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GOP Lawmaker in Indiana Pushes Legalization Proposals

In Indiana, a Republican legislator is backing two bills to legalize marijuana.

GOP state Sen. Jon Ford “recently signed on to support two bills this legislative session related to cannabis and its possible future use in the state,” according to local news station WTWO/WAWV, with the legislator saying “he wants to begin to have these discussions … due to the area he represents being on the border with Illinois, where recreational marijuana is legal.”

Ford said that he had been motivated to support these measures by conversations with law enforcement officials who stated that there was confusion between Indiana’s bordering states and Indiana.

“It’s hard for law enforcement to understand where we are on the issue, so I really wanted to support the bill so we can have that discussion,” Ford told WTWO/WAWV.

Ford was accompanied by a pair Democratic lawmakers to write the bills.

Senate Bill 336 would establish “a procedure for the lawful production and sale of cannabis in Indiana.”

Senate Bill 377 in the meantime would create: 

“Permits the use of cannabis by: (1) a person at least 21 years of age; and (2) a person with a serious medical condition as determined by the person’s physician. The adult cannabis excise taxes are established. Retailers must transfer this tax to the department for deposit to the state general fund. Veterans are exempted from the payment of sales tax for medical and adult cannabis. The program allows holders of valid permits to grow, process, test, transport, and sell cannabis. In Indiana, the Cannabis Commission (ICC), is established as a state agency that oversees, implements, and enforces the program. The ICC advisory board reviews the effectiveness of this program. It requires that cannabis permit holders make sure they do everything possible to stop the illegal sale of marijuana. Before cannabis or cannabis products can be sold, they must be correctly labeled and placed in child-resistant packaging. It is prohibited to package cannabis in an attractive way for children. Research on cannabis is allowed in accordance to the ICC’s rules. If the cannabis-related conviction is legalized, the procedure will be established for expungement. Makes conforming amendments.”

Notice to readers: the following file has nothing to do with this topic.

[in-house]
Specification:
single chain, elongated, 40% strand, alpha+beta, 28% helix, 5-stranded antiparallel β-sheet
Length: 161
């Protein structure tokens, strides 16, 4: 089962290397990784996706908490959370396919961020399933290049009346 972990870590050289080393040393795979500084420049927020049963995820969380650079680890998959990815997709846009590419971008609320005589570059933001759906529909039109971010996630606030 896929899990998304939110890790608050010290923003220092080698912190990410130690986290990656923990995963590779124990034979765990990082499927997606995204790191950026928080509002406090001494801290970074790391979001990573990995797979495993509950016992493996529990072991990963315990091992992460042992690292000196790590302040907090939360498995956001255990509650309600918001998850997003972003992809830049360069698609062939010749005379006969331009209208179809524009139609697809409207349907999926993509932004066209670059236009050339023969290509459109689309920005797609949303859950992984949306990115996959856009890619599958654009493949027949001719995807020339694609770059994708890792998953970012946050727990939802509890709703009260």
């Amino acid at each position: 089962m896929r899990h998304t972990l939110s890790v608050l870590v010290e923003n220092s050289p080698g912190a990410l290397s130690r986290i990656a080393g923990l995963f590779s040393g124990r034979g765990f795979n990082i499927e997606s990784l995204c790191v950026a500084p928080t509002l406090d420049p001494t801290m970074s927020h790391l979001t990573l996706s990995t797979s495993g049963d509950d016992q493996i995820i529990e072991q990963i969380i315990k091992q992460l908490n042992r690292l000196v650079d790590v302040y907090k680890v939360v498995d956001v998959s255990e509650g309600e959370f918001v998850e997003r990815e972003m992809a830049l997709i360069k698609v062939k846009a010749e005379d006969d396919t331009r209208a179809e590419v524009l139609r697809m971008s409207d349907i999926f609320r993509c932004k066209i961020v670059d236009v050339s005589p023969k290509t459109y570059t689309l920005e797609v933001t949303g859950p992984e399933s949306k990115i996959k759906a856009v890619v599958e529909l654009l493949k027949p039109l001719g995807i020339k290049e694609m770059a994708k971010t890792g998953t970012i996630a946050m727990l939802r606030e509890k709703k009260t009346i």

However, it is unlikely that either of these bills will become law in this year’s Congress. 

Indiana Gov. Eric Holcomb, a Republican, has said previously that he isn’t keen on the state legalizing marijuana before the federal government. 

“The law that needs to change is the federal law,” Holcomb said in 2021. “It is illegal right now for recreational use, for medicinal use. It is illegal in some states. I will not ignore any law whether I agree with it or disagree with it or disagree with it so that’s the law that needs to change.”

But last year, after President Joe Biden announced that he would issue pardons to all individuals with federal cannabis convictions, Holcomb said that Indiana would not be following the White House’s lead.

“The president should work with Congress, not around them, to discuss changes to the law federally, especially if he is requesting governors to overturn the work local prosecutors have done by simply enforcing the law,” Holcomb said at the time. “Until these federal law changes occur, I can’t in good conscience consider issuing blanket pardons for all such offenders.”